As Isaac grows older, he becomes an expert hunter and woodsman, and continues going with the hunting parties every year. The group becomes increasingly preoccupied with hunting Old Ben, a monstrous, almost immortal bear that wreaks havoc throughout the forest. Old Ben's foot was maimed in a trap, and he seems impervious to bullets.
Isaac learns to track Old Ben, but hunting him is futile, because all the hounds fear him. Sam Fathers, who teaches Isaac Old Ben's ways, says that it will take an extraordinary dog to bring Old Ben down.
Isaac sees Old Ben several times. Once, they send a tiny fyce-dog with no sense of danger after him, and Isaac has a shot at the huge bear. But instead of taking the shot, Isaac runs after the fyce and dives to save him from the bear. Isaac looks up at Old Ben looming over him and remembers the image from his dreams about the bear.
At last they find a dog capable of bringing Old Ben to bay: Lion, a huge, wild Airedale mix with extraordinary courage and savagery. Sam makes Lion semi-tame by starving him until he will allow himself to be touched; soon, Boon Hogganbeck has devoted himself to Lion and even shares a bed with him.
Using Lion, they nearly catch Old Ben, but Boon misses five point-blank shots. General Compson hits the bear and draws blood, but Old Ben escapes into the forest.
Isaac and Boon go into Memphis to buy whisky for the men, and the next day, they go after the bear again. General Compson declares that he wants Isaac to ride Kate, the only mule who is not afraid of wild animals and, therefore, the best chance any of the men have to get close enough to the bear to kill him.
In the deep woods, near the river, Lion leaps at Old Ben and takes hold of his throat. Old Ben seizes Lion and begins shredding his stomach with its claws. Boon draws his knife and throws himself on top of the bear, stabbing it in its back. Old Ben dies, and a few days later, Lion dies as well. Sam Fathers collapses after the fight and dies not long after Lion. Lion and Sam are buried in the same clearing.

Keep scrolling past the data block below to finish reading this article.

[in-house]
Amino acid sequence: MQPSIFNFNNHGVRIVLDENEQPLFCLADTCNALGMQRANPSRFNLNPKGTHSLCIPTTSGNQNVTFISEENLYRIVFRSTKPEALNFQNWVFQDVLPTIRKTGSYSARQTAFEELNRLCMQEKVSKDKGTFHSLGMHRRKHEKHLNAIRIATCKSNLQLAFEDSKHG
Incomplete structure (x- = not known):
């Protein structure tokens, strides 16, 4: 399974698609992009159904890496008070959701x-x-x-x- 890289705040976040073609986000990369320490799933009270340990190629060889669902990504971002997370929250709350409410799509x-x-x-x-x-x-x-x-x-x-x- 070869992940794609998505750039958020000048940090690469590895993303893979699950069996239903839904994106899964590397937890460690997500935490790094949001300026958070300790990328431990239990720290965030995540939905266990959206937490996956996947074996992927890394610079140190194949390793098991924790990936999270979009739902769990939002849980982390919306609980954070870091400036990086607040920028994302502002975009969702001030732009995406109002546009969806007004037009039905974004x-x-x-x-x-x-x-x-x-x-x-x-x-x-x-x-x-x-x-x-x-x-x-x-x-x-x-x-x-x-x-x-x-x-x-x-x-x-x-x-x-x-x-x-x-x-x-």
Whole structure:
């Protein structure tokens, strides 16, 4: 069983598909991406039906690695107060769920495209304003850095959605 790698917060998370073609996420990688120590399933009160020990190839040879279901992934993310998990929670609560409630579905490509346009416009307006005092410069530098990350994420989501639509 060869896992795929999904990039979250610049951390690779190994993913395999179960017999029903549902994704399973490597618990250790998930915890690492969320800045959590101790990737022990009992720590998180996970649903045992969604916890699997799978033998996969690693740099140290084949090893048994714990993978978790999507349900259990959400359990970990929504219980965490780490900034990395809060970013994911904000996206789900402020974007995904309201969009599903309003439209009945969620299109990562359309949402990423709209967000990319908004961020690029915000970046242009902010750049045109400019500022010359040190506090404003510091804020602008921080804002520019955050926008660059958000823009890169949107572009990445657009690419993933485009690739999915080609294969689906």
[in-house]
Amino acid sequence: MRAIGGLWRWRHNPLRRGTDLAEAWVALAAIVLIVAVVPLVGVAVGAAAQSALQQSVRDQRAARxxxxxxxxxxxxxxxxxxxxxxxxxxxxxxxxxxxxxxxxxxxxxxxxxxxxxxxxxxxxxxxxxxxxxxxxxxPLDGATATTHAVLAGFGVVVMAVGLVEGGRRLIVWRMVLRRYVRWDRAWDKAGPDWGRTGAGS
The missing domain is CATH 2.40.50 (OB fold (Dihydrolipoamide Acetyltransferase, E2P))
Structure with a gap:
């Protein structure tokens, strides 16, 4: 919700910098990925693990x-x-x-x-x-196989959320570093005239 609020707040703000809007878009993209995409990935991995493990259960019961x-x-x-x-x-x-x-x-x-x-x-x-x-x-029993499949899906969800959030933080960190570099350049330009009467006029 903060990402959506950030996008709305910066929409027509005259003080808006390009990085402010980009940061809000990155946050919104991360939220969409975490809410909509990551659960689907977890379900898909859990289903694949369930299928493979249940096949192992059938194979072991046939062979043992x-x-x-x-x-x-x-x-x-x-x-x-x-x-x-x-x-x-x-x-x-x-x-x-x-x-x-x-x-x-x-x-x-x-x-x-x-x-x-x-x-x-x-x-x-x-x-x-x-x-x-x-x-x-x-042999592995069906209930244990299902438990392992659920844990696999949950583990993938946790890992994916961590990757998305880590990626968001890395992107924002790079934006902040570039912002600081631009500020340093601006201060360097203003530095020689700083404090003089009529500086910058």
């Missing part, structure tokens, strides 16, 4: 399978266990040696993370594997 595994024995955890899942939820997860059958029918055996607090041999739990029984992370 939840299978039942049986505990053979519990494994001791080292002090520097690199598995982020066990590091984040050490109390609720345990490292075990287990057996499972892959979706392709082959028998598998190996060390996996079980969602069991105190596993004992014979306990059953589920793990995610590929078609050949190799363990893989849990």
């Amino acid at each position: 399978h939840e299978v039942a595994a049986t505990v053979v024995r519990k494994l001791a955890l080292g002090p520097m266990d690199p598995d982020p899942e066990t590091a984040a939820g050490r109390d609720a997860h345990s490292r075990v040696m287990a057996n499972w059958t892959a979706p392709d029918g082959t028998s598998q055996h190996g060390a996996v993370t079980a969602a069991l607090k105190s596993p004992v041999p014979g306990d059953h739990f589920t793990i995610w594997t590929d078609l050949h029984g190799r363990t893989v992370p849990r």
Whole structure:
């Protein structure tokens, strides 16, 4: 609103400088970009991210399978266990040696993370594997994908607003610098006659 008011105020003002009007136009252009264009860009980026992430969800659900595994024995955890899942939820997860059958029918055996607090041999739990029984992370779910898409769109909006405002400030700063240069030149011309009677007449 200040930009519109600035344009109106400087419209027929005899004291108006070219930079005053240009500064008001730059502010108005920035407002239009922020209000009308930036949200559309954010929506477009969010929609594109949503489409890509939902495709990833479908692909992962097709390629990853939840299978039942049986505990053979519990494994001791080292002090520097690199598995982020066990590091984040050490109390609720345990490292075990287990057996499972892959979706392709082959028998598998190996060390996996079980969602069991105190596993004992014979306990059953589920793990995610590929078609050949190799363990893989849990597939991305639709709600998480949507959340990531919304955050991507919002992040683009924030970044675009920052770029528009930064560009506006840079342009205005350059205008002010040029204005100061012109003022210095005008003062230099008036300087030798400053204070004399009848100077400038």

Isaac returns to the farm near Jefferson, to the old McCaslin plantation. Time passes; eventually he is 21 time for him to assume control of the plantation, which is his by inheritance. But he renounces it in favor of his cousin (once-removed) McCaslin Edmonds, who is practically his father. Isaac has a long argument with McCaslin in which Isaac declares his belief that the land cannot be owned, that the curse of God's Earth is man's attempt to own the land, and that that curse has led to slavery and the destruction of the South. McCaslin tries to argue with him, but Isaac remembers looking through the old ledger books of Uncle Buck and Uncle Buddy and piecing together the story of the plantation's slaves, and he refuses the inheritance. (One of Isaac's inferences is particularly appalling: Tomey, the slave whom Carothers McCaslin took as a lover and begat Turl, may also have been Carothers McCaslin's daughter by another slave, Eunice. Eunice committed suicide shortly before Turl's birth, and from this and other factors, Isaac deduces that she must also have been Carothers McCaslin's lover.)
After refusing the inheritance, Isaac moves into town and becomes a carpenter, eschewing material possessions. He marries a woman who urges him to take back the plantation, and he still does not give in when she tries to convince him sexually. He tries to administer the money left to the children of Tomey's Turl and Tennie, even traveling to Arkansas to give a thousand dollars to Fonsiba, Lucas' sister, who moved there with a scholarly negro farmer who never seems to farm, but she refuses his offering. Isaac continues to hunt and to spend all the time he can in the woods.
Once, he goes back to the hunting camp where they bad stalked Old Ben for so many years. Major de Spain has sold it to a logging company, and the trains come closer and louder than before. Soon, it will be whittled away by the loggers. Isaac goes to the graves of Lion and Sam Fathers, then goes to find Boon Hogganbeck. Boon is in a clearing full of squirrels, trying to fix his gun. As Isaac enters, Boon shouts at him not to touch any of the squirrels: "They're mine!" he cries.
"The Bear" has a complex publication history. Its earliest version, first published in The Saturday Evening Post (May 9, 1942), differs substantially from the Go Down, Moses version. A third version was published in Faulkner's collection of hunting stories, Big Woods (1955).